Homeward Bound: the Incredible Journey… to Blythewood?

Minge Wiseman and her dachshund Buddy cuddle with Wiseman’s black cat Zira who came home exhausted and thin after what may have been a 95 mile walk. | Barbara Ball

BLYTHEWOOD – There are many well documented stories of animals, especially cats and dogs, finding their way home from locations up to 1,500 miles away, though most in the 100 – 400 mile range. One of those stories may have played out in Blythewood recently over 45 days and a distance of about 95 miles.

It all started the week before Thanksgiving as workers from a Greenville company were spending the final day installing solar panels on a roof at Bill and Minge Wiseman’s horse farm in Blythewood.

After Minge Wiseman fed the horses and the couple’s barn cats about 6 o’clock that evening, the worker’s truck pulled out of the farm about an hour or so later and headed back to Greenville. It had been parked next to the barn all day where the cats hang out.

“The next morning when I fed the cats, Zira wasn’t there,” Wiseman said. The couple had adopted her as a kitten about 10 years ago from the Fairfield County Animal Shelter in Winnsboro.

“I didn’t think much about it that first morning when she didn’t show up, but when she wasn’t there to eat that night and the next morning, I began to wonder if she might have jumped on that truck after she ate dinner that night and rode out the gate to Greenville?” Wiseman said. After all, it wouldn’t have been the first time Zira had hitched a ride. The Wisemans rescued her from the bumper of a pickup truck as it was driving off from their house a couple of years earlier.

Bill Wiseman called the Greenville company to inquire if Zira had been in/on the truck when it arrived back in Greenville the previous day. The crew said they hadn’t seen a cat.

After a couple of weeks, Wiseman feared the worst for Zira. As a board member of the Hoof and Paw Benevolent Society, she was accustomed to sad endings to animal stories and had little hope for a happy ending to this one.

“Then on Monday morning, Jan. 3, a month and a half after Zira went missing, I was mucking stalls in the barn,” Wiseman said, “and I heard a cat meowing, meowing, meowing. I looked out the stall door and there was Zira in the barn aisle. I couldn’t believe it! She was thin, scruffy and very tired. Her meow was anxious and unusually raspy. As I picked her up, she couldn’t stop meowing and ‘talking’ to me – like she was telling me what she had been through.”

The Wisemans can’t help believing that Zira did, indeed, somehow go to Greenville with the truck and then walked back home – a 95 mile trip that can be driven in about an hour and a half in light traffic. Had Zira traveled that many miles during the 45 days or so that she went missing, she would have clocked a little over two miles a day, a feat not unheard of in many documented stories about cats finding their way back home over long distances.

A story published in the Jan. 19, 2013 issue of The New York Times told of a cat named Holly who survived an experience similar to Zira’s.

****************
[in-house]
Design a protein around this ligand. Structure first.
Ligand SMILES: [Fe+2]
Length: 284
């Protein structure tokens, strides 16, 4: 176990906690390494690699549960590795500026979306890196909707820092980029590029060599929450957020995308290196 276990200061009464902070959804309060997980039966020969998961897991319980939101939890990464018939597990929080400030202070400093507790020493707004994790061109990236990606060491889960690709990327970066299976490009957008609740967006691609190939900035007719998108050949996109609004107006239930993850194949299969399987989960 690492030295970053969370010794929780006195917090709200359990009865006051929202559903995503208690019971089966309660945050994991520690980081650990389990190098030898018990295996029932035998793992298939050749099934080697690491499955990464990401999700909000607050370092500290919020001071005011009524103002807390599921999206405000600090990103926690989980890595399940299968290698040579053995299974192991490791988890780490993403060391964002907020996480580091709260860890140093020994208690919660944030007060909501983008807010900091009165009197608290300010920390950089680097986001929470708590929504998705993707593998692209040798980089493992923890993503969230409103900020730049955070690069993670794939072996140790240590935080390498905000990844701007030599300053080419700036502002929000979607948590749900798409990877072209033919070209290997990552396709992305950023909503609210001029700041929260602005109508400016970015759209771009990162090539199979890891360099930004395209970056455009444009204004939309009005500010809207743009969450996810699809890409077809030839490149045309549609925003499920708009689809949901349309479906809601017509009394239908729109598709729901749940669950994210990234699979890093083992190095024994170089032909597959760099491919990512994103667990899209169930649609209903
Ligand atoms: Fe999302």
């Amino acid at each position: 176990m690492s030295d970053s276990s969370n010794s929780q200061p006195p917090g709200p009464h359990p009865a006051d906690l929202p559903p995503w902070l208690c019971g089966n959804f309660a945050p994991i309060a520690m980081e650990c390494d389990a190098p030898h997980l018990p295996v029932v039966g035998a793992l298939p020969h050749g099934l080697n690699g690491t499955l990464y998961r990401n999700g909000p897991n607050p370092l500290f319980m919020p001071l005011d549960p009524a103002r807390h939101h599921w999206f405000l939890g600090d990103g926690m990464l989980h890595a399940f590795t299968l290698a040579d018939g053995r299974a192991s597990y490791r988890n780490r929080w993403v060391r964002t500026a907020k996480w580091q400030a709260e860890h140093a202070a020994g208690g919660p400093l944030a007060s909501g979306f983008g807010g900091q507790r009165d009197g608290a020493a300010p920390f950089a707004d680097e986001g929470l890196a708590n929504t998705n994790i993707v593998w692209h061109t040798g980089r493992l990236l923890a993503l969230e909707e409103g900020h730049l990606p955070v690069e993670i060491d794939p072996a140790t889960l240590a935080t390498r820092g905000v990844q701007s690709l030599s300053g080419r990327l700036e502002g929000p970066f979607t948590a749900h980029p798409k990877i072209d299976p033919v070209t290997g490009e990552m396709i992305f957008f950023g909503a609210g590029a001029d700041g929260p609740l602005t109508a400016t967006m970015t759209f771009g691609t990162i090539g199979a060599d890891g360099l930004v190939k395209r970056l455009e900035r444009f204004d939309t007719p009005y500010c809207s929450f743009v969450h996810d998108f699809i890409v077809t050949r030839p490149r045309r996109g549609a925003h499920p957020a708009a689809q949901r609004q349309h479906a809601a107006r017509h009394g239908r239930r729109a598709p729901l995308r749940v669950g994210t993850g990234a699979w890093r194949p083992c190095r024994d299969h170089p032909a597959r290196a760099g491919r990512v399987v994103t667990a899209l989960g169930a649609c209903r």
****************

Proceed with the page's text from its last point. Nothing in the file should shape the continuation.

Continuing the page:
In November of that year, Holly’s family, Jacob and Bonnie Richter, who lived in West Palm Beach, FL, took Holly with them in their recreational vehicle to an R.V. rally in Daytona Beach, about 190 miles from their home. According to the Times, while there, Holly bolted when Ms. Richter’s mother opened the vehicle’s door one night. Fireworks the next day may have further spooked the cat, and, after searching for days, alerting animal agencies and posting fliers, the Richters returned home catless.

Months after she went missing, an animal-loving family spotted a weak and emaciated cat staggering through their West Palm Beach back yard. They ‘rescued’ the cat and took it to a veterinarian. A chip in the cat’s neck documented that her name was Holly and that the location at which she was rescued was only a short distance from what was most likely her destination – the Richter’s home.

As reported in the Times, there is little scientific research on cat navigation. Migratory animals like birds, turtles and insects have been studied more closely, and use magnetic fields, olfactory cues, or orientation by the sun to reach their destinations.

“I really believe these stories, but they’re just hard to explain,” said Marc Bekoff, a behavioral ecologist at the University of Colorado, who was quoted in The Times.

Roger Tabor, a British cat biologist, cited longer-distance reports he considered credible: Murka, a tortoiseshell in Russia, traveled about 325 miles home to Moscow from her owner’s mother’s house in Voronezh in 1989; a cat named Ninja returned to Farmington, Utah, in 1997, a year after her family moved from there to Mill Creek, Washington.; and in 1978, Howie, an indoor Persian cat in Australia ran away from relatives his vacationing family left him with and eventually traveled 1,000 miles to his family’s home.

Now that Zira is finally back home, The Wisemans keep wondering what happened.

“Did she actually walk home from Greenville?” Minge Wiseman asked, incredulously, then answered her own question.

“I think she did. She certainly looked like it when she got back home, Wiseman said.”

What do you think? If you have had a similar experience, email us at [email protected] or call 803-767-5711.